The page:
Posted on 2013-12-07 15:03:08

Consumers and businesses who purchase computers know that the use case may change unlike a car. The other aspect that is a major decision factor is lifetime. Some farm trucks have been working the same land for a couple of decades, a couple of years for computers. I may need to replace my assets because of so many other factors e.g. changes in internal or external cost of doing business, SDLC requirements, or more often is the case, the budget at home or office becomes available.

It is the fool's errand to try and future proof our PC purchases but that's what I see many people including myself doing when I have that extra budget.

Posted on 2013-12-07 18:28:38

Good point -- the needs can change over time. It isn't unreasonable to buy more than you need. Ramping up the speed of the processor, the amount of the memory, or size of the hard drives I have no problems with. It is interesting to read some of the comments (especially on Facebook), which are illustrating my point well. People are talking about refrigeration cooling, excessive RAID arrays ( http://www.pugetsystems.com... ), multi-socket systems for gaming (wha??), triple and quad SLI...those are the kinds of blinded decisions I'm talking about in this article.

Posted on 2013-12-07 20:40:32

Love the Maximum PC mag that illustrates that point so well. That was 2005 and yet "more=better" still keeps chugging.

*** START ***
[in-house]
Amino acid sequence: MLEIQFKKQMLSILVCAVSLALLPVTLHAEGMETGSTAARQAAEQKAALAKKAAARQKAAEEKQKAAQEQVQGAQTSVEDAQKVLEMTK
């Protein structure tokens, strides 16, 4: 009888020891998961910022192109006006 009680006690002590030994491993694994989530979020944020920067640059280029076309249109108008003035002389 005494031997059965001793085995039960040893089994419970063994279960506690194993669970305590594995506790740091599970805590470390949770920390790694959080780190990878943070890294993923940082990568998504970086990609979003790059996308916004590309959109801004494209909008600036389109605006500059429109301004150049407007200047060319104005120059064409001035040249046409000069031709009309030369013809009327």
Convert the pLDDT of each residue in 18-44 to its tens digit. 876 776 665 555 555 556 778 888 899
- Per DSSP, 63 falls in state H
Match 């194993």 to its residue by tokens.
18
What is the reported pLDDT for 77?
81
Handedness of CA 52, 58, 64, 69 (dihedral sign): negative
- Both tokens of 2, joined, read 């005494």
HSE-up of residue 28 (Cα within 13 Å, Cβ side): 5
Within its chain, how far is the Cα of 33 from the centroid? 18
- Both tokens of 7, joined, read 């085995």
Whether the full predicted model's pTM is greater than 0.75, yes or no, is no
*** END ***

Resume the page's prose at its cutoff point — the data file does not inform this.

Posted on 2013-12-07 21:53:49
Kenneth Crippen

I had the initial mind set that the more $$$$ I spent, the better my PC would be. Luckily for me, with the initial budget I had planned, William George built me a badass gaming system for $1,500.00. My stated budget was $1,400.00-$1,500.00, so William nailed it spot on. This is my 1st custom PC. I could have built my own some would argue, but see I can't warranty my own work. I would rather let Puget build it for me and let Puget worry about repairs, warranties, etc. I learned that the more $$$$ spent does NOT equal a better PC. My system is AMD based....8350 processor. All my fellows are using Intel i5's-i7's, etc. 2 video cards in SLI/Crossfire, etc. What I learned was that, by using the less expensive AMD, and not really losing much by way of performance, I was able to spend more on things like my new GPU, some more Ram, another HD, etc. I can still keep up with the people using the absolute best of the best, and my system is quiet, stable, strees tested by Puget, cooled properly, etc. My friends are constantly worrying about heating issues, having to tweak settings for every game. Had one friends MSI video card in the SLI configuration go out while we were gaming, causing him to crash and BSOD (blue screen of death). I have yet to have ANY issues. THIS is why I went with Puget. To let them worry about any issues should they arise and to let Puget's Technicians build for me a sturdy, reliable, clean and quiet system that I do not ever have to worry about beyond basic maint. Thanks Jon and all of Puget for what you do.

Posted on 2013-12-12 19:42:38

Easy to read, interesting and easy to understand.

Posted on 2013-12-23 10:08:50

This article certainly is correct in many ways, (Not to mention, enlightening also!) I mean I was a fool at first thinking that "More 'high end'=better". But then I thought to myself the same thing of some of what's being said here. "Bigger (or more high-end) doesn't equal to better." It's probably a bigger pain in the arse in the long run. And by reading this blog, I have a better understanding of why higher end may actually be a bigger pain in the long run. Thank you for this wonderful blog article. It was really enlightening for me. :)

Posted on 2013-12-30 08:58:38